Piers Lane (piano), Ulster Orchestra, David Lloyd-Jones (conductor)
Hyperion’s record of the month for January presents, for the first time, the original version of Delius’s Piano Concerto. Two years after completing this work in 1904, Delius recast it, rejecting the third movement and reorganizing other material. Perhaps thinking that the solo part wasn’t sufficiently pianistic, Delius also consulted a friend, the Busoni pupil Theodor Szántó, who rewrote the piano part in virtuoso style (with Delius’s ultimate approval). It is the Szántó version that has, until now, always been performed. With Delius’s original, characteristically refined orchestration also restored (from the orchestral parts that survive from the first performance in 1904), we can now hear this work as the composer envisaged before the involvement of another hand. The result is closer to what we think of as quintessential Delius. Piers Lane and David Lloyd-Jones form an ideal partnership, and the result is a revelation.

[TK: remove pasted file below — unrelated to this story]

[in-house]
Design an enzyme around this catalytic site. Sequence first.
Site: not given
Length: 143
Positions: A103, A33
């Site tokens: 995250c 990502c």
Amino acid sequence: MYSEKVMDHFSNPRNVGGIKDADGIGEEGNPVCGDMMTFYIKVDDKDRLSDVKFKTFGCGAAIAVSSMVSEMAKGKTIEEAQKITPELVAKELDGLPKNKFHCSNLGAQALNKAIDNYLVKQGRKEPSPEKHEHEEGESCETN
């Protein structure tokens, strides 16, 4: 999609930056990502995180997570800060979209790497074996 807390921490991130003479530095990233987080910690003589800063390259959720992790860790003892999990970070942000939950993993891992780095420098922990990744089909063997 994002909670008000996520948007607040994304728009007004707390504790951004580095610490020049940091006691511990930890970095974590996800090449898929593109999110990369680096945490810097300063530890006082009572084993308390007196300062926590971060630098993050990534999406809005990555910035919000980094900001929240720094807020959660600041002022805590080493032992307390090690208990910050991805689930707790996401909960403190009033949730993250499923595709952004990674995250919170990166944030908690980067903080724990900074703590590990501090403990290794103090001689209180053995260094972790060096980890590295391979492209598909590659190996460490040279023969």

John Ireland’s Piano Concerto, written in 1930, was seen at the time as a British response to Prokofiev’s Third Piano Concerto, and it has additional resonances of Ravel and Gershwin. The work was an immediate success and became the pre-eminent British piano concerto, performed by Clifford Curzon, Moura Lympany, Eileen Joyce, Gina Bachauer and Artur Rubinstein. Encouraged by its success Ireland planned to write a second concerto, but he only completed one movement, the Legend, in 1933. Once more Piers Lane and the Ulster musicians bring an engaging energy and flair to this exciting music.